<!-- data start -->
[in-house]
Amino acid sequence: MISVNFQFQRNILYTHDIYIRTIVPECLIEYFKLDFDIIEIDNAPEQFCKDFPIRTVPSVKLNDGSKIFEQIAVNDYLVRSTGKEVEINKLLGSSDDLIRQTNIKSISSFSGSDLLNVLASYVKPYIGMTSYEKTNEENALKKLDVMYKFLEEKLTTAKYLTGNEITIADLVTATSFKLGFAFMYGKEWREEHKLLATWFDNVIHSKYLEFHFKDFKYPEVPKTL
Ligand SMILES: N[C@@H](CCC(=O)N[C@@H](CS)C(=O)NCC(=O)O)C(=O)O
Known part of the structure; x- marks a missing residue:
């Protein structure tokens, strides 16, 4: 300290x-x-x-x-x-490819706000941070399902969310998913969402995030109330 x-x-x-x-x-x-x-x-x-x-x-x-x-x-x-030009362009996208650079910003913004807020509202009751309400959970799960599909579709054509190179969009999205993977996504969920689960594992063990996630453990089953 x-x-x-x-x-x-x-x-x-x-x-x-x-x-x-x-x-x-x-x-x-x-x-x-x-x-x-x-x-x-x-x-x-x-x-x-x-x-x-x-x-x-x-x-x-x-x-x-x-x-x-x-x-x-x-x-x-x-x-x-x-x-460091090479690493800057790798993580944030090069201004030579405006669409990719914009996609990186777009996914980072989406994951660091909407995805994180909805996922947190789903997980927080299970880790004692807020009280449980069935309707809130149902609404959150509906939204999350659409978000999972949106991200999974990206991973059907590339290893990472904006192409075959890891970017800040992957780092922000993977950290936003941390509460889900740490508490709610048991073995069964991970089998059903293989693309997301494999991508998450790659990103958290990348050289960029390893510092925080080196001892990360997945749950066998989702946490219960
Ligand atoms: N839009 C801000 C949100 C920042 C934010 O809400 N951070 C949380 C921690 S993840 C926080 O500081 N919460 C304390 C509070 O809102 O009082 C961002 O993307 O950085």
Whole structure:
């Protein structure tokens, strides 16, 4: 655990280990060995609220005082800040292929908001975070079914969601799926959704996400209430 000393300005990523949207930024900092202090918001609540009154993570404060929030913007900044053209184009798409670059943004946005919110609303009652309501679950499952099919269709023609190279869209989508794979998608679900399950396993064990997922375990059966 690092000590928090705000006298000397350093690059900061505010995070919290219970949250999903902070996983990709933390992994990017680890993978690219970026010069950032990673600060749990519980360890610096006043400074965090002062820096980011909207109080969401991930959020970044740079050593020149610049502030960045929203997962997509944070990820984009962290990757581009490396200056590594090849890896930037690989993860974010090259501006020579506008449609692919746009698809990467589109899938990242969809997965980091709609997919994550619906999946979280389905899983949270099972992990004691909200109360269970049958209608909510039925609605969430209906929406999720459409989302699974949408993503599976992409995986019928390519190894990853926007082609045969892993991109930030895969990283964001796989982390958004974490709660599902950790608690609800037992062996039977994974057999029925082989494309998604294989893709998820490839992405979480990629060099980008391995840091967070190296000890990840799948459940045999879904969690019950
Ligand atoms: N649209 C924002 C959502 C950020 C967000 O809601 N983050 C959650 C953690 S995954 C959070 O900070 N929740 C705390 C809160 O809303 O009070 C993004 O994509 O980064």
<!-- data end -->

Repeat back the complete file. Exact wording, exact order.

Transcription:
[in-house]
Amino acid sequence: MISVNFQFQRNILYTHDIYIRTIVPECLIEYFKLDFDIIEIDNAPEQFCKDFPIRTVPSVKLNDGSKIFEQIAVNDYLVRSTGKEVEINKLLGSSDDLIRQTNIKSISSFSGSDLLNVLASYVKPYIGMTSYEKTNEENALKKLDVMYKFLEEKLTTAKYLTGNEITIADLVTATSFKLGFAFMYGKEWREEHKLLATWFDNVIHSKYLEFHFKDFKYPEVPKTL
Ligand SMILES: N[C@@H](CCC(=O)N[C@@H](CS)C(=O)NCC(=O)O)C(=O)O
Known part of the structure; x- marks a missing residue:
């Protein structure tokens, strides 16, 4: 300290x-x-x-x-x-490819706000941070399902969310998913969402995030109330 x-x-x-x-x-x-x-x-x-x-x-x-x-x-x-030009362009996208650079910003913004807020509202009751309400959970799960599909579709054509190179969009999205993977996504969920689960594992063990996630453990089953 x-x-x-x-x-x-x-x-x-x-x-x-x-x-x-x-x-x-x-x-x-x-x-x-x-x-x-x-x-x-x-x-x-x-x-x-x-x-x-x-x-x-x-x-x-x-x-x-x-x-x-x-x-x-x-x-x-x-x-x-x-x-460091090479690493800057790798993580944030090069201004030579405006669409990719914009996609990186777009996914980072989406994951660091909407995805994180909805996922947190789903997980927080299970880790004692807020009280449980069935309707809130149902609404959150509906939204999350659409978000999972949106991200999974990206991973059907590339290893990472904006192409075959890891970017800040992957780092922000993977950290936003941390509460889900740490508490709610048991073995069964991970089998059903293989693309997301494999991508998450790659990103958290990348050289960029390893510092925080080196001892990360997945749950066998989702946490219960
Ligand atoms: N839009 C801000 C949100 C920042 C934010 O809400 N951070 C949380 C921690 S993840 C926080 O500081 N919460 C304390 C509070 O809102 O009082 C961002 O993307 O950085």
Whole structure:
């Protein structure tokens, strides 16, 4: 655990280990060995609220005082800040292929908001975070079914969601799926959704996400209430 000393300005990523949207930024900092202090918001609540009154993570404060929030913007900044053209184009798409670059943004946005919110609303009652309501679950499952099919269709023609190279869209989508794979998608679900399950396993064990997922375990059966 690092000590928090705000006298000397350093690059900061505010995070919290219970949250999903902070996983990709933390992994990017680890993978690219970026010069950032990673600060749990519980360890610096006043400074965090002062820096980011909207109080969401991930959020970044740079050593020149610049502030960045929203997962997509944070990820984009962290990757581009490396200056590594090849890896930037690989993860974010090259501006020579506008449609692919746009698809990467589109899938990242969809997965980091709609997919994550619906999946979280389905899983949270099972992990004691909200109360269970049958209608909510039925609605969430209906929406999720459409989302699974949408993503599976992409995986019928390519190894990853926007082609045969892993991109930030895969990283964001796989982390958004974490709660599902950790608690609800037992062996039977994974057999029925082989494309998604294989893709998820490839992405979480990629060099980008391995840091967070190296000890990840799948459940045999879904969690019950
Ligand atoms: N649209 C924002 C959502 C950020 C967000 O809601 N983050 C959650 C953690 S995954 C959070 O900070 N929740 C705390 C809160 O809303 O009070 C993004 O994509 O980064």